Violent crime is down citywide, but Andy Barros would say the numbers are up in Bowdoin-Geneva, where he co-owns a bar on Bowdoin Street called Gigi's Palace. Recent events have made Barros, a father of five, fearful for his life. The bar may be sold or relocated.
"It's a very tough decision," said Barros sitting on one of his barstools at Gigi's. A widescreen-TV in the back is belting out the news in Portugeuse, and a small crowd of older Cape Verdean men is gathering at one end of the bar. "These are my father's customers. It's the young kids that (expletive) it up around here. How do you win when these people don't value life?"
Looking down from a shelf behind the bar is Adriano "Gigi" Barros, Andy Barros' father. Michael Hardy murdered the elder Barros in 1992, a sick revenge for Barros throwing him out of his Harvard Street liquor store earlier the same evening. At right: Gigi's Palace owner Andy Barros. Photo by Pete Stidman
That past echoed into the wee hours of Saturday, Oct. 20, when Andy Barros stopped 22-year-old Miguel Perez who had just walked into Gigi's Palace. Barros told Perez to leave. He suspected Perez of being connected to a shooting that happened earlier that month.
Moments after Perez left, shots rang out. Police later found Perez dead on the scene. His killer escaped.
On the following Monday, threats were found, scrawled on the façade of the bar above a makeshift shrine to Perez. One reportedly said: "Andy is as good as dead." Police recovered fragments of a bullet in Gigi's front door.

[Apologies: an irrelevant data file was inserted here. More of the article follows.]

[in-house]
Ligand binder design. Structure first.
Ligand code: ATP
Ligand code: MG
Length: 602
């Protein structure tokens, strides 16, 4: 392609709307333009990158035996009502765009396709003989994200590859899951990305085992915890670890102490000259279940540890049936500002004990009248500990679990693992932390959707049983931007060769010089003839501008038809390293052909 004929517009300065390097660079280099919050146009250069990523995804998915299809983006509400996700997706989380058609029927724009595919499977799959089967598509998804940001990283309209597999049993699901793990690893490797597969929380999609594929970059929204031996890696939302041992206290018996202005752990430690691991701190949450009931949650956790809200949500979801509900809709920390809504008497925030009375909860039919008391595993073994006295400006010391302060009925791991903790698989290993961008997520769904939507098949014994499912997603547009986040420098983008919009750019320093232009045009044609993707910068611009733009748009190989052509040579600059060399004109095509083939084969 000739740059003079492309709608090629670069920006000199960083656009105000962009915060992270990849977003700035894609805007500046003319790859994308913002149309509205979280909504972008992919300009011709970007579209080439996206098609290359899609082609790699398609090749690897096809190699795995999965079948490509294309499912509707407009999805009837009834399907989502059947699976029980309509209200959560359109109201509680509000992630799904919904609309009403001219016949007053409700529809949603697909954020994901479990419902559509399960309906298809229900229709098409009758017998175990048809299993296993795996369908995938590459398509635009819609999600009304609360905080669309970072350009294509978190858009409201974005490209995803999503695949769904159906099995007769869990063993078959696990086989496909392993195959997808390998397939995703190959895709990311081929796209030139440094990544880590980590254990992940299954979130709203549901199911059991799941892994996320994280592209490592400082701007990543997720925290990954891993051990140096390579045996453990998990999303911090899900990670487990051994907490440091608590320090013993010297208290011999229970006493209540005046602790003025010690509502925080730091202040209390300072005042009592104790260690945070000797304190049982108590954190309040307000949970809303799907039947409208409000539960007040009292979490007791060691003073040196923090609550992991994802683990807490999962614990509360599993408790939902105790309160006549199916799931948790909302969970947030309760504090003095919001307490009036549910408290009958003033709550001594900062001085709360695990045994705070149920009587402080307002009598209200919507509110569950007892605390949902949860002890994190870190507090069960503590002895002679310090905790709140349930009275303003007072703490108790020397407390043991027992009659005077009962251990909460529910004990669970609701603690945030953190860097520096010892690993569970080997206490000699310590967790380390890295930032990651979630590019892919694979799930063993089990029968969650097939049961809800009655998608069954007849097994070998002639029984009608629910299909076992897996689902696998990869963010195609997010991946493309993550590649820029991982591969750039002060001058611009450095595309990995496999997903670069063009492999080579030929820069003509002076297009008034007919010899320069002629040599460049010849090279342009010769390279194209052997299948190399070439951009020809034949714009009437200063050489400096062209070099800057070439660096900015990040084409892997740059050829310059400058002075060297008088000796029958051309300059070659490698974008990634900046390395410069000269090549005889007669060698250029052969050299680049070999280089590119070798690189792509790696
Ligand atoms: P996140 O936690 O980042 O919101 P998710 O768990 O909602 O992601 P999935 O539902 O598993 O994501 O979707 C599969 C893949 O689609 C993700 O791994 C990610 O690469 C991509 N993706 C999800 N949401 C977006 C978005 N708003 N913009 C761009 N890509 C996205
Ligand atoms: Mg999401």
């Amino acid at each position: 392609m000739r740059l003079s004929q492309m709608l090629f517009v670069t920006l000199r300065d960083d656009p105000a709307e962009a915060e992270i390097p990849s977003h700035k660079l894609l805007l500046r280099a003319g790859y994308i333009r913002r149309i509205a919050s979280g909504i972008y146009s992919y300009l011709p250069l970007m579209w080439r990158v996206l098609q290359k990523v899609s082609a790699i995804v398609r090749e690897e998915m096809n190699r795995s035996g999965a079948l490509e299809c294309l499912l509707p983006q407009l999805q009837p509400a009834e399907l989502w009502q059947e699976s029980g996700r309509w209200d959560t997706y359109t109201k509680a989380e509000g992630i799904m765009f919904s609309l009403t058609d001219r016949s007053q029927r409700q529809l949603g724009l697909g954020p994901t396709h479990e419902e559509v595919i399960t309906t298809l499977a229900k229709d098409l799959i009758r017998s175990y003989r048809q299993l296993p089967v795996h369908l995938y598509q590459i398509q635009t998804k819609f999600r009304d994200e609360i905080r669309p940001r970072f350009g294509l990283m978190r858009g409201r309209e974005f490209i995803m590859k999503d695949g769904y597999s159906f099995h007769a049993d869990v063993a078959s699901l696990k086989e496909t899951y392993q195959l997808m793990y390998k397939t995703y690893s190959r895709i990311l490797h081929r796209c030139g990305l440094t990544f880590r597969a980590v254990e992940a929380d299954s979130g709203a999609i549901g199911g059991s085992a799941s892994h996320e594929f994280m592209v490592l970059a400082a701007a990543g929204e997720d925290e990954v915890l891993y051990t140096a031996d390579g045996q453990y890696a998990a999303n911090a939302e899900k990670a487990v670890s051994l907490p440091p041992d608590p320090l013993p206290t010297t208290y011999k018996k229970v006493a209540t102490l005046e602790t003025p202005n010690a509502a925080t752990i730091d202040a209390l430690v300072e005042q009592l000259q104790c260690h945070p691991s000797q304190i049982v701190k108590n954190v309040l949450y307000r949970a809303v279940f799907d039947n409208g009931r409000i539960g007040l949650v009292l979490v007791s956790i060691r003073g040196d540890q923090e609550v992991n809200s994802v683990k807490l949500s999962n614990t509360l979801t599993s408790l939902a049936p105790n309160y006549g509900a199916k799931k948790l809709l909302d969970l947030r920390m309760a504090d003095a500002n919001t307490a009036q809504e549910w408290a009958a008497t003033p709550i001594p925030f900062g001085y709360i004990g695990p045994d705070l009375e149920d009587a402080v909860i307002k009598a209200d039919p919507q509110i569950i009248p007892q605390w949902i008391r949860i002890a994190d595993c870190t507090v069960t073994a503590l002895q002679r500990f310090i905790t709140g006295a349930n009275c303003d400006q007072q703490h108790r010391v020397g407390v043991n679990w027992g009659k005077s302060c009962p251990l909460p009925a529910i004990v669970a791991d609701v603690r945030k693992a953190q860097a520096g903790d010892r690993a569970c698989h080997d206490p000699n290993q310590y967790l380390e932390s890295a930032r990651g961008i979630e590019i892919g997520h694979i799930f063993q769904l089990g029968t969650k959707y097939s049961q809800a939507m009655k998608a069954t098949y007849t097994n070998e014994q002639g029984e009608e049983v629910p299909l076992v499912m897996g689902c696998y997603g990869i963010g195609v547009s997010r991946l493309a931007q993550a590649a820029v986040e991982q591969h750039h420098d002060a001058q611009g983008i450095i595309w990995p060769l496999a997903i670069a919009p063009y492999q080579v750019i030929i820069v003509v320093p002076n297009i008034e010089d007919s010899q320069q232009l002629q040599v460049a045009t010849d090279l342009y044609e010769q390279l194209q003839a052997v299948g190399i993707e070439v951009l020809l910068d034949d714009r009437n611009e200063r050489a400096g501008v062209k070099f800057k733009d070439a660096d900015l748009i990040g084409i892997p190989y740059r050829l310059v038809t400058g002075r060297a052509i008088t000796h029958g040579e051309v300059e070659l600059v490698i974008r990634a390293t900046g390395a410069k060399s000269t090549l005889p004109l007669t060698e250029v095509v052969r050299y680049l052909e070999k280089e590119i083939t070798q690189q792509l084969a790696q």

"I'm like a target out there right now, because I didn't let this kid inside the bar," said Barros. "If I had let him in, I don't know if the person would have come inside the bar and endangered not only my life, but everybody's inside the bar."
Barros put in for a police detail, and has for years, but Boston Police Department policy doesn't' require officers to take details.
"Here you are in a gun-ho type of area and no cops want to come around," said Barros. "When I pick up the phone and call, they are there like that [he snaps his fingers], but when I need that officer here to do some good business instead of closing at eight or nine o'clock, I can't get it."
Barros said even private security companies won't come. If the Barros' do decide to move out or sell, the space will definitely not remain a bar, said Barros.
"I know the headaches involved," he said. "I wouldn't put that on anybody."